There's a conflict between what he wants to be and what he is-what he wants to be is the man who can deal out punishment to those who deserve it, who can protect the people he cares for. But he gets into these situations where his instincts practically scream at him to save himself, or to turn and run. That friction has got to be hell. To a degree, this arc takes the first steps towards resolving that inconsistency-he overcomes his fear to fight Orochimaru, and his dream sequence after receiving the curse mark shows him coming to the grips with his goal in life and what he needs to be to accomplish it. His first line after waking up? "I'm an Avenger."
EDIT: As uju points out farther down, I was wrong about Sasuke being crushed by being defeated by Rock Lee. He is unsettled, however, and I still maintain that a fear of being powerless is key to his character.
In contrast to Sasuke, Sakura is very good at keeping her head on straight. She's emotional, yes, but she's also capable of pushing aside fear in order to do her job. I've wondered as to what it says about her character that she has "perfect chakra control", and I think it's that she can exercise an impressive level of command over her feelings in crisis situations. I want to clarify that it's not a case of being unemotional-because like Naruto she's outwardly very expressive and clear in her feelings. The exception to that control is Sasuke, for whom her feelings often trump other concerns. It's interesting that Sakura has a good idea of how a proper ninja should act, but this often requires her to go against her own feelings... it's probably one of her primary internal conflicts.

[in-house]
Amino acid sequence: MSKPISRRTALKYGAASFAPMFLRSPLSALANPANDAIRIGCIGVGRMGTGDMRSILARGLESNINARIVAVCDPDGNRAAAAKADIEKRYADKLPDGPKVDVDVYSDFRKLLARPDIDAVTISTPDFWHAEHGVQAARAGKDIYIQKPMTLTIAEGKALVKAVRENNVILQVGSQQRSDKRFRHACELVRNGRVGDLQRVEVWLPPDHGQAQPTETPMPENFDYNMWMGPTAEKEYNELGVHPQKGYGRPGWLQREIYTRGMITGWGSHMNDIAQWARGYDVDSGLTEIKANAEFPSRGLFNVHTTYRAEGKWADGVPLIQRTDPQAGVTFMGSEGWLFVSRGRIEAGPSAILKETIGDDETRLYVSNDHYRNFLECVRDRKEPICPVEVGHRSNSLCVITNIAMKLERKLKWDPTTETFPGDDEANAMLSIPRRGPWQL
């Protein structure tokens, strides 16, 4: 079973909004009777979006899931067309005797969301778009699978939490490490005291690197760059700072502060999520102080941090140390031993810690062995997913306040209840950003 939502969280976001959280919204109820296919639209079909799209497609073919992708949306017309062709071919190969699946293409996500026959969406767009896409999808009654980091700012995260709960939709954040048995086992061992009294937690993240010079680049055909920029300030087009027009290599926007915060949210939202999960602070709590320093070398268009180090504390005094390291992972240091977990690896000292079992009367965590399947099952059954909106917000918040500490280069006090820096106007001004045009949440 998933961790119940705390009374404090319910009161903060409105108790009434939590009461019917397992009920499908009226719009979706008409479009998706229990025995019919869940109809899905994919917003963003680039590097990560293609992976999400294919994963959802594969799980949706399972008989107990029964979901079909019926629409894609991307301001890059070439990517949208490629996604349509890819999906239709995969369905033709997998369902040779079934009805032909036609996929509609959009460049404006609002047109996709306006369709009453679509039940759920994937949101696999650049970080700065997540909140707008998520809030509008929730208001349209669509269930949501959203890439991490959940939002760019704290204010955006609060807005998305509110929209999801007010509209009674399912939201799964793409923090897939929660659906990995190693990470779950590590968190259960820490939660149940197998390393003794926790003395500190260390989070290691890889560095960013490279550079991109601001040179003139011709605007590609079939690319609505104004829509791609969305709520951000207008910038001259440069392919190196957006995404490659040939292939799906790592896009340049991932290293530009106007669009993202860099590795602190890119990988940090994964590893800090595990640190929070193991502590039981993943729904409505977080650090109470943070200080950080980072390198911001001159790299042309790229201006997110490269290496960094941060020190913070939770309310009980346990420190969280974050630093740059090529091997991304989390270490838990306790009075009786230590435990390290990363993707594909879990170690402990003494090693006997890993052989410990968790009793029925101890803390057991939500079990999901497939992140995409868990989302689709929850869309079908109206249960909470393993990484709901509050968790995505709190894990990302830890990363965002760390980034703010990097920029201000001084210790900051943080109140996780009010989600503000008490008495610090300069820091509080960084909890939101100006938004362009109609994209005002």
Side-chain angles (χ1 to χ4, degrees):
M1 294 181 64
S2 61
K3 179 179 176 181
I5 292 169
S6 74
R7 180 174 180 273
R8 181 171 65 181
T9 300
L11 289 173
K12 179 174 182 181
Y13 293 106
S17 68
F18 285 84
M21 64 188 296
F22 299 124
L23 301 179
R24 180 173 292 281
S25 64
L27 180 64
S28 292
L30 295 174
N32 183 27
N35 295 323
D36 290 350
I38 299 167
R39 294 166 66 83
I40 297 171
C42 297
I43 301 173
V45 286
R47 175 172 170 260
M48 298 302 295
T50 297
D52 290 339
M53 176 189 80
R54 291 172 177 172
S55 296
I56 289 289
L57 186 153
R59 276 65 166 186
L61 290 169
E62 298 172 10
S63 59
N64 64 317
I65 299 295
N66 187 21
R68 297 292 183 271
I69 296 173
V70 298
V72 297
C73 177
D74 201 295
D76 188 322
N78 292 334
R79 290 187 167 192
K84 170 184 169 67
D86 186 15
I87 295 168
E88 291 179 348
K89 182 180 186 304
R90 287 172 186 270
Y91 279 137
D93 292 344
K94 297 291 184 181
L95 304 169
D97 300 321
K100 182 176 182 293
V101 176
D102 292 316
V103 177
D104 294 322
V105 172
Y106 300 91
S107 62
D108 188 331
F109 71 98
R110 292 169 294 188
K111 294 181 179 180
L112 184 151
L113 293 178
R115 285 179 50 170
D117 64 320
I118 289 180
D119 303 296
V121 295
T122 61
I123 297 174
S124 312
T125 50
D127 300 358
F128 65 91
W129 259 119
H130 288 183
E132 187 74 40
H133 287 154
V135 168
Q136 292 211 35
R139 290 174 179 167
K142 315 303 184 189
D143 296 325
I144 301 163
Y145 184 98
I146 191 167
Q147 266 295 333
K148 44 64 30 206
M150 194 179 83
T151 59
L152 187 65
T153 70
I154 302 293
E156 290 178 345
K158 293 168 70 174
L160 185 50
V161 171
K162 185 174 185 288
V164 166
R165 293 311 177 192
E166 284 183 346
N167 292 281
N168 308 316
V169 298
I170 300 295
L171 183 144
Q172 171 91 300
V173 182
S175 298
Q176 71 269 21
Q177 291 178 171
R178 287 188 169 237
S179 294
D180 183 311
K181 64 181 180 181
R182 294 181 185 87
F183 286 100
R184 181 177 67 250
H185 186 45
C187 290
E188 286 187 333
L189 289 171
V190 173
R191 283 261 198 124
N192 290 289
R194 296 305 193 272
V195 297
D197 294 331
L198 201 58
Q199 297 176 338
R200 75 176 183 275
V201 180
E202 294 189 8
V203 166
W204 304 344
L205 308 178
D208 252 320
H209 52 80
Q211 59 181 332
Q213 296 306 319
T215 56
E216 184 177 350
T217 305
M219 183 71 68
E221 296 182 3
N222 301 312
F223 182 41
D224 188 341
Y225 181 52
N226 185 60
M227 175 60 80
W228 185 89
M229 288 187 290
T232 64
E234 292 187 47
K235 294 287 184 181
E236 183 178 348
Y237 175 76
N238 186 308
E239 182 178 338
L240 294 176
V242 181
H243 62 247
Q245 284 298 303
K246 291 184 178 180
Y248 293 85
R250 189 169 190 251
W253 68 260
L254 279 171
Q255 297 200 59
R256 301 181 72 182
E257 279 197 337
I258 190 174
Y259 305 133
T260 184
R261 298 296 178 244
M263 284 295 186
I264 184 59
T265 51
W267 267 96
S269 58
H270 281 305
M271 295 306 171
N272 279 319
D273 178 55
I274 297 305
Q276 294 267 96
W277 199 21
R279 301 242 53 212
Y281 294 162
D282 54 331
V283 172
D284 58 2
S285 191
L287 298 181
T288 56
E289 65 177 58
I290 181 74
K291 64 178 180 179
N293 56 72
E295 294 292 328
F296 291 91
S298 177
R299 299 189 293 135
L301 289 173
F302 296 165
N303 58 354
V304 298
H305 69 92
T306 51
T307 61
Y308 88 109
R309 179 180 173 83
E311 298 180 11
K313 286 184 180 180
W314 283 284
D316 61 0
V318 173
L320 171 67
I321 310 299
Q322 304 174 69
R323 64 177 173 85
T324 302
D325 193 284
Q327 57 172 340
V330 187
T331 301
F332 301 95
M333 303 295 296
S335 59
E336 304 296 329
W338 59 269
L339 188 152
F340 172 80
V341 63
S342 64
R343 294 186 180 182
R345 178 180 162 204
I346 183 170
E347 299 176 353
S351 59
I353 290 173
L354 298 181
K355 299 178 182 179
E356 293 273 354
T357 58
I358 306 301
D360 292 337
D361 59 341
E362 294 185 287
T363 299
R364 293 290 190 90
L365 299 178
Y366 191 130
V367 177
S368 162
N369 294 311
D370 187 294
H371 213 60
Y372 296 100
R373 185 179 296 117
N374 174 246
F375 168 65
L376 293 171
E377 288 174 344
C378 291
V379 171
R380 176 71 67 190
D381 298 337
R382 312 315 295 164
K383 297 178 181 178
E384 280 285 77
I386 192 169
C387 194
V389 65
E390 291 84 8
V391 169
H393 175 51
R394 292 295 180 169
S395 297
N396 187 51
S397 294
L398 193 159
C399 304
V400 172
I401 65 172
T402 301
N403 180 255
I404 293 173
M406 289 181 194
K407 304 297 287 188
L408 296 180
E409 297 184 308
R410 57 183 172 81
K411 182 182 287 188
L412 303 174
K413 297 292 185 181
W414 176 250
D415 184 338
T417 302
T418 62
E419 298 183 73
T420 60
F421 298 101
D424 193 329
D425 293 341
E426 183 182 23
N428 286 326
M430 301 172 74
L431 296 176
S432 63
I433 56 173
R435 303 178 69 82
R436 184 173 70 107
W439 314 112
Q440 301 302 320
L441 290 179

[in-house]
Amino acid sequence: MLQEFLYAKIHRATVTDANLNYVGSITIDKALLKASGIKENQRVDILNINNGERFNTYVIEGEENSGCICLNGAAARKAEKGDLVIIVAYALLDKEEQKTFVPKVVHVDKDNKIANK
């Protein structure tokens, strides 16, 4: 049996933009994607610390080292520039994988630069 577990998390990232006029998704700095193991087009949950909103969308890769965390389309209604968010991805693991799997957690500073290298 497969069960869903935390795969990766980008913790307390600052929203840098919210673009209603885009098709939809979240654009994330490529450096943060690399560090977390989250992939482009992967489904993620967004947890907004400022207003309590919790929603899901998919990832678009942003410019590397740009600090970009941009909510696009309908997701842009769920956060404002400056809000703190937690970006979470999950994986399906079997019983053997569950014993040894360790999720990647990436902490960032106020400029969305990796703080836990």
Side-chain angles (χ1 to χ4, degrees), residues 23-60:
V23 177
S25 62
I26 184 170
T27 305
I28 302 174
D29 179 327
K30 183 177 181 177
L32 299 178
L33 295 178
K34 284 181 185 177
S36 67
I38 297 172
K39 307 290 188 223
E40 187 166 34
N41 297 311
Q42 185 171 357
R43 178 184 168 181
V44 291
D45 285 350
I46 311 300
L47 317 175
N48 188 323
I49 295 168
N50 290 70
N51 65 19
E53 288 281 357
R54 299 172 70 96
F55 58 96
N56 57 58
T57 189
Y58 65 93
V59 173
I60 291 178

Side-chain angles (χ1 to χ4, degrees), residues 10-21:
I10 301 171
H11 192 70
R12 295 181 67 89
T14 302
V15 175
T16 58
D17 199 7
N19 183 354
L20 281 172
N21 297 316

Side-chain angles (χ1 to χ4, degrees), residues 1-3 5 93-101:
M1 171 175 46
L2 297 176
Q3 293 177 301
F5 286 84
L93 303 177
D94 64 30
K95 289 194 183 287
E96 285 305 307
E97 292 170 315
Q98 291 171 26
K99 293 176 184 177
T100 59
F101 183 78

There's a desire to prove herself that is present in many of her actions. Her fight with the Sound Ninja and her fight with Ino are both attempts to prove that she's better than she thinks it is, to be worthy of the respect of those she cares about. Whether she's successful in this is actually irrelevant-going forward to Hinata's fight with Neji, the question asked was not "Was I victorious?", it was "Did I change?" It's both the development of one's character and the honest effort to change that are important. And Sakura, past her tussle with the Sound Ninja (and I want to emphasize again how awesome she was here), seems to have changed. At the very least, she carries herself with more confidence.
I want to be clear here. Kakashi is not a good teacher.
He's a fucking excellent teacher.
He builds important virtues in his team. He has confidence in them that is affirming yet not overly so. He's capable of calmly explaining many different concepts, tactics and scenarios in a way people can understand. When he goes to teach Sasuke, he ensures that Naruto has an extremely capable teacher who can give him what he needs. But, most importantly-he gives a shit about them. Kakashi may not be constantly sociable, but he's there when his kids need it. He lets Sasuke fight, even knowing it's dangerous because he knows the kid needs it. And when he's done, he calmly explains what he needs to do in a way that brooks no argument. When Naruto jumps into the ring to express his anger at Gaara, Kakashi jumps in right behind him to help him cool down and give the kid the support he needs. Kakashi has that all-important capability to be firm and caring at the same time.